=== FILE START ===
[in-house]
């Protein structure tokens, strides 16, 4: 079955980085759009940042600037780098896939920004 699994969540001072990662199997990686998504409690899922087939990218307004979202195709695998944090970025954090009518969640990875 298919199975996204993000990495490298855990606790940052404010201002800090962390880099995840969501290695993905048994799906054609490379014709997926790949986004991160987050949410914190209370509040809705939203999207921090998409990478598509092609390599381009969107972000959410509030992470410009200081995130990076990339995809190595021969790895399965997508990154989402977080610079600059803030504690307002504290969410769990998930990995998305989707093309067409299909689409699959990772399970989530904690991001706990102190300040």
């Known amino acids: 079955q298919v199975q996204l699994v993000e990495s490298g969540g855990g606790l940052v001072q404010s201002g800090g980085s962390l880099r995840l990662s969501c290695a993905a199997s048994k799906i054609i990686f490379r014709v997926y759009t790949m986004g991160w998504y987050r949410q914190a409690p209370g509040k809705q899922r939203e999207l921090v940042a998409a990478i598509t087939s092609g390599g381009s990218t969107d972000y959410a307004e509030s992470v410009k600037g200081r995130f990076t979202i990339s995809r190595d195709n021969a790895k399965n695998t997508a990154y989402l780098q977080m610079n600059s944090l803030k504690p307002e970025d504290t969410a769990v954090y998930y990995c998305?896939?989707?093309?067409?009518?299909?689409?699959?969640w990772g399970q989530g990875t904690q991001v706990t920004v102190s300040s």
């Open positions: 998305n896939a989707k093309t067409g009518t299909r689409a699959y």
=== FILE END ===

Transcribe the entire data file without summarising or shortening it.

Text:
[in-house]
């Protein structure tokens, strides 16, 4: 079955980085759009940042600037780098896939920004 699994969540001072990662199997990686998504409690899922087939990218307004979202195709695998944090970025954090009518969640990875 298919199975996204993000990495490298855990606790940052404010201002800090962390880099995840969501290695993905048994799906054609490379014709997926790949986004991160987050949410914190209370509040809705939203999207921090998409990478598509092609390599381009969107972000959410509030992470410009200081995130990076990339995809190595021969790895399965997508990154989402977080610079600059803030504690307002504290969410769990998930990995998305989707093309067409299909689409699959990772399970989530904690991001706990102190300040």
């Known amino acids: 079955q298919v199975q996204l699994v993000e990495s490298g969540g855990g606790l940052v001072q404010s201002g800090g980085s962390l880099r995840l990662s969501c290695a993905a199997s048994k799906i054609i990686f490379r014709v997926y759009t790949m986004g991160w998504y987050r949410q914190a409690p209370g509040k809705q899922r939203e999207l921090v940042a998409a990478i598509t087939s092609g390599g381009s990218t969107d972000y959410a307004e509030s992470v410009k600037g200081r995130f990076t979202i990339s995809r190595d195709n021969a790895k399965n695998t997508a990154y989402l780098q977080m610079n600059s944090l803030k504690p307002e970025d504290t969410a769990v954090y998930y990995c998305?896939?989707?093309?067409?009518?299909?689409?699959?969640w990772g399970q989530g990875t904690q991001v706990t920004v102190s300040s």
């Open positions: 998305n896939a989707k093309t067409g009518t299909r689409a699959y």